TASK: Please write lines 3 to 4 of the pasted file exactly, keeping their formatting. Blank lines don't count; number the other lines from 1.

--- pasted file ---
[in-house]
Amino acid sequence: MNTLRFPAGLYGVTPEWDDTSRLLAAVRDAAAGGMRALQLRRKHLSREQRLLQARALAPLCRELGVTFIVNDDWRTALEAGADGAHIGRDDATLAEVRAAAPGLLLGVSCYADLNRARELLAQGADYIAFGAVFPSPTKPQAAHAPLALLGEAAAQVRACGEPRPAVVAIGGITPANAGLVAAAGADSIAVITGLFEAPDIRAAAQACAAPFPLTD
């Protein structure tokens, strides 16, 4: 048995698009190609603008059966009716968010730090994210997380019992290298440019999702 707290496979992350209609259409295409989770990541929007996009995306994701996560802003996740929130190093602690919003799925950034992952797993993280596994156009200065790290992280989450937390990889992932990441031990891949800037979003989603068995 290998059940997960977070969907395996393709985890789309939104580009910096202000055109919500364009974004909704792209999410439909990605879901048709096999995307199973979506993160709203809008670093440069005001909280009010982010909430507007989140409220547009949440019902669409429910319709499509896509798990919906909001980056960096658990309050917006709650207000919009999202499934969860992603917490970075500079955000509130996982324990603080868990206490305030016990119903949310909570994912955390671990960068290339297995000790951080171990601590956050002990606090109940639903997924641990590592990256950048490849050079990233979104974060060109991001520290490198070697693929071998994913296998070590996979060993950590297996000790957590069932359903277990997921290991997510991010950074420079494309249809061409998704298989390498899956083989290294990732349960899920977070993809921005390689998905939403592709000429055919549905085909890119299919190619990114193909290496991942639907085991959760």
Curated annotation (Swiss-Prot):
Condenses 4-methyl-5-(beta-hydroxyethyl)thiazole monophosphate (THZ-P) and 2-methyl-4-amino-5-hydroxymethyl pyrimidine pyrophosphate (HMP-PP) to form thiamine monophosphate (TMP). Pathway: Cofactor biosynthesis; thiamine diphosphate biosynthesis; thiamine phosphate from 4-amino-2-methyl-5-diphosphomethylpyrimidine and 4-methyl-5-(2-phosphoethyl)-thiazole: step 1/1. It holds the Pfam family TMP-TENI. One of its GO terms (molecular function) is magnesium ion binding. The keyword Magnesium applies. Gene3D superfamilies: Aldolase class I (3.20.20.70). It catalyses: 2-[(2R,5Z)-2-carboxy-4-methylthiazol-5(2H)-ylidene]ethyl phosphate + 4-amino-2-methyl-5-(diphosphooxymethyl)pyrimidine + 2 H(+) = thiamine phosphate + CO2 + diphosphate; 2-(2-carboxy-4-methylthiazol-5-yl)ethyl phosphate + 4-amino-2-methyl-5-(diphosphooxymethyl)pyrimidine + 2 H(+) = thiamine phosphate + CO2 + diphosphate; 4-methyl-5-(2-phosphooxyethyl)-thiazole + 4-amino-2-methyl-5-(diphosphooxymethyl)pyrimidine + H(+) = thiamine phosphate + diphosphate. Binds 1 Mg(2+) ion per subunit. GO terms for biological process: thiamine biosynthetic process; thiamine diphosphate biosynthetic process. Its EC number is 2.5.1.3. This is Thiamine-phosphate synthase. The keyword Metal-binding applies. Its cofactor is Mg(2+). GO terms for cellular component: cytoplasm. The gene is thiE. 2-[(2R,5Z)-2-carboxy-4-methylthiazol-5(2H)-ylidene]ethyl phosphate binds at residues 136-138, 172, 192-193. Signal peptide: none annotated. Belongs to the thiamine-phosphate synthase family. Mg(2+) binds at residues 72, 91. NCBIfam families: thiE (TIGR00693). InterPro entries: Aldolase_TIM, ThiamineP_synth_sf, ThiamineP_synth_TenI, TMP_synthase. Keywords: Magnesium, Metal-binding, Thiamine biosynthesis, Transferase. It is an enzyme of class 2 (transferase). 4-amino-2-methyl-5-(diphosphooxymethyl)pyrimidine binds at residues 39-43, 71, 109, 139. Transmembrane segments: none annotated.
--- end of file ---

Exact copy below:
């Protein structure tokens, strides 16, 4: 048995698009190609603008059966009716968010730090994210997380019992290298440019999702 707290496979992350209609259409295409989770990541929007996009995306994701996560802003996740929130190093602690919003799925950034992952797993993280596994156009200065790290992280989450937390990889992932990441031990891949800037979003989603068995 290998059940997960977070969907395996393709985890789309939104580009910096202000055109919500364009974004909704792209999410439909990605879901048709096999995307199973979506993160709203809008670093440069005001909280009010982010909430507007989140409220547009949440019902669409429910319709499509896509798990919906909001980056960096658990309050917006709650207000919009999202499934969860992603917490970075500079955000509130996982324990603080868990206490305030016990119903949310909570994912955390671990960068290339297995000790951080171990601590956050002990606090109940639903997924641990590592990256950048490849050079990233979104974060060109991001520290490198070697693929071998994913296998070590996979060993950590297996000790957590069932359903277990997921290991997510991010950074420079494309249809061409998704298989390498899956083989290294990732349960899920977070993809921005390689998905939403592709000429055919549905085909890119299919190619990114193909290496991942639907085991959760």
Curated annotation (Swiss-Prot):